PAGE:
In February 2004, Mark Zuckerberg launched a fairly basic site, called TheFacebook.com, which allowed Harvard students to connect. At first, he considered it an ordinary project. But of course, the site would quickly become a growth machine.
Yet there were still many challenges for Zuckerberg. In the early days, he had to fend off fierce rivals, such as Friendster and MySpace. There were also challenges like scaling the infrastructure and dealing with privacy snafus.
Despite all this, Zuckerberg was able to win the war – and build one of the world’s most valuable companies.
So then, what are some of the lessons for entrepreneurs from this amazing journey? Well, let’s take a look:
Ronn Torossian, CEO and Founder of 5WPR:
“Right from the start, Facebook did an outstanding job of hiring the right talent. As an entrepreneur, you have to trust other people to work on other components of your business—as much as you want to, you can’t do everything yourself. Take Sheryl Sandberg for example. When Zuckerberg hired Sandberg, he gave himself the room to spend more time on his true strengths – improving the Facebook platform – while she ran more of the business operations like PR, expansions, communications, etc. A company is only as good as the people who work there, and Zuckerberg has always invested in hiring the right people to continuously grow and keep things fresh. Zuckerberg’s focus has always been on two things: having a crystal clear trajectory for the company and a great team driving it in this direction.”
Magnus Larsson, CEO of Rebtel:
“It’s impressive to see how Facebook has continued to bet on its original product, platform and vision, while adding value for the company and users. Mark wrote in a letter to his investors before becoming listed, ‘Facebook is created to make the world more open and connected. Facebook aspires to build the services that give people the power to share.’ Staying true to that vision led to two of the best acquisitions ever: Instagram and WhatsApp. Consumer tech companies should always keep an eye on the new kids on the block to avoid becoming antiquated. If someone else beats you to it, be open to partnerships or other ways of working together. Not every newcomer has to be a threat.”
From Ryan Kelly, the VP of Marketing at Nanigans:
“Facebook has truly turned into an advertising giant over the last fifteen years. What has enabled this is threefold: 1) the platform’s massive reach 2) the identity data within it and 3) the enormous internal investment around Facebook’s ad tech stack. While the first two points get most of the attention, what really enabled them to stand out from the rest of the players in the space was, and still is #3: the innovations around ad technology.
“2012/2013 was really the inflection point. ‘The Social Graph’ was unleashed in 2012 giving Facebook’s advertisers access to user behavioral data like never before. A year later Facebook introduced their conversion pixel, website custom audience pixel, lookalike audience tool, and video ads. This is where many advertisers went from trying to get ‘likes’ or ‘clicks’ to actually acquiring revenue generating customers.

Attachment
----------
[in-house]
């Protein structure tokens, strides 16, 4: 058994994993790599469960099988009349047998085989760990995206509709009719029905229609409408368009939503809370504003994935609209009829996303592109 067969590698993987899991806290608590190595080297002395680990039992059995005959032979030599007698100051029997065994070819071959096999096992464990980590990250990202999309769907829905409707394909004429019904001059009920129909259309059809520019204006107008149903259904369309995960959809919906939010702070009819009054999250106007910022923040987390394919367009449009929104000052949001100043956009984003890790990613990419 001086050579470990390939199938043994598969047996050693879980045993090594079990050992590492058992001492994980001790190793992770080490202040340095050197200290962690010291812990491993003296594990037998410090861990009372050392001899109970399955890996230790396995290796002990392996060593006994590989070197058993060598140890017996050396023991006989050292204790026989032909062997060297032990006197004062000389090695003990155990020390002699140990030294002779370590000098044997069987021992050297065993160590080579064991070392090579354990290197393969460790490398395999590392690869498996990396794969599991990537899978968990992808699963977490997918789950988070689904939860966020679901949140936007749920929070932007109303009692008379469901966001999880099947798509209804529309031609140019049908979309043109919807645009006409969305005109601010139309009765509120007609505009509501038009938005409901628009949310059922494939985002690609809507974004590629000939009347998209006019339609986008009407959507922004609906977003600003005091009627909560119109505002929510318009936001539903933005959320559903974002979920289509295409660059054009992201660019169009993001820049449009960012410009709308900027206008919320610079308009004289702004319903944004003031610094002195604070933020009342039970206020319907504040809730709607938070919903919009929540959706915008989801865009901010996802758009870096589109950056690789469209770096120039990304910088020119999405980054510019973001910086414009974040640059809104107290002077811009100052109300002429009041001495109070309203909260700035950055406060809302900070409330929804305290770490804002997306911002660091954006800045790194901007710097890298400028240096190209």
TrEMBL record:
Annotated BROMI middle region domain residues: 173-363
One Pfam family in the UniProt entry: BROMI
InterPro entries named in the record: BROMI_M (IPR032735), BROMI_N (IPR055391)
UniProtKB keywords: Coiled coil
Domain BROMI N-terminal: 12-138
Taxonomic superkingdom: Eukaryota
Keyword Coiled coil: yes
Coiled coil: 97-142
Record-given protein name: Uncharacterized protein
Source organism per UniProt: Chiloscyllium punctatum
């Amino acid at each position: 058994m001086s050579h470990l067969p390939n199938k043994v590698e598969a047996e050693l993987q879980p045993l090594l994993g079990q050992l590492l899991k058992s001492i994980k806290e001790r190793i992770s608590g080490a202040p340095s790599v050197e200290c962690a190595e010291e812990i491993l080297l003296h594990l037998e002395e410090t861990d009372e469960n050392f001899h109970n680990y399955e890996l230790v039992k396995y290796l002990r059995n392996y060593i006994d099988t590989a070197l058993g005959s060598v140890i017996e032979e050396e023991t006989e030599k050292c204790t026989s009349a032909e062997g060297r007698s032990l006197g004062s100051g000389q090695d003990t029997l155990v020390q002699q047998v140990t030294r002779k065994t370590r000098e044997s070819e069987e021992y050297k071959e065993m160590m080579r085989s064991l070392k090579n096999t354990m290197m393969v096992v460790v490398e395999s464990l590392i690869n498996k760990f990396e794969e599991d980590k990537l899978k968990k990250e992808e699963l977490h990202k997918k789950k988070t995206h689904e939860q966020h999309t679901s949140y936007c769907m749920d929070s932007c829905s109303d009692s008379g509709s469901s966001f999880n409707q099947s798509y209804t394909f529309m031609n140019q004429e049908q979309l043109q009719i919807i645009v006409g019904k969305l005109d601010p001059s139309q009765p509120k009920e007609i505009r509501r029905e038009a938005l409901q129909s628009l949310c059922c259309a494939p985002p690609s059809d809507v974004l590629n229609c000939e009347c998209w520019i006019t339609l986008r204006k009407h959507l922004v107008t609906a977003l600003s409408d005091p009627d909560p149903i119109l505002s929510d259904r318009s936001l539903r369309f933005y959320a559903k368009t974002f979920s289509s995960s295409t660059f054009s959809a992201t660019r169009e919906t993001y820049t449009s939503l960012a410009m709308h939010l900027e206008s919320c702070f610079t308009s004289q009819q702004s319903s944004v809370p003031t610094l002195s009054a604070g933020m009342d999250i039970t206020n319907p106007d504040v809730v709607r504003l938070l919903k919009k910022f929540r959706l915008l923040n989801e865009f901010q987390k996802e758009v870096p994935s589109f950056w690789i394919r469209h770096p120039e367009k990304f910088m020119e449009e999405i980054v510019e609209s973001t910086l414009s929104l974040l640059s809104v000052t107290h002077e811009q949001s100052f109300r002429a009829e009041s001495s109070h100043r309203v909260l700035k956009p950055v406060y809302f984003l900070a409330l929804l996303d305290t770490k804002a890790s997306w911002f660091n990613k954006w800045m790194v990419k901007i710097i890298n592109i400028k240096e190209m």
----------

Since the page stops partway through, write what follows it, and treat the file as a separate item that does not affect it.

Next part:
“While it’s true that Facebook invented the news feed as we know it and has had many innovations on the consumer facing side of its business, the ad platform is the main reason the company is where it is today. And while the ad blueprint and tech behind Facebook’s success is often times imitated by their social competitors, it’s never been truly duplicated.”
Gil Sommer, Head of Product at Connatix:
“Facebook has shown us that listening to users, understanding their needs and adjusting products to their liking is a winning formula. Just look at Stories— this format was not invented by Facebook. Actually, they initially thought Stories wasn’t a great product and tried to provide alternatives. But their users were not happy, and Facebook listened. They understood that what makes the Stories format great is its immersive nature, and the freshness of the content. Facebook decided to react in a smart way. First, they adapted the format. Nonetheless, they still kept focus on their core competency (massive scale of visual UGC). This combination is one of the most successful stories — pun intended — in Facebook’s history and clearly they were able to outperform the original format. Facebook has shown us that adjusting course to your user’s needs is always a solid strategy. Keeping your core competencies in the process makes it a winning one.”
Robert Levenhagen, CEO and Co-Founder of InfluencerDB:
“From the relatively early stages, Facebook benefited a great deal from the environment of business and end-user applications around their platform. Their open API policies and growth attracted thousands and thousands of partners making their platform and products ever more user friendly. The downside of this open approach and hypergrowth showed when bad players took advantage of the opportunities and turned the good intention into bad results for the users and the general public. But Facebook has taken a lot of steps to right this wrong ever since.”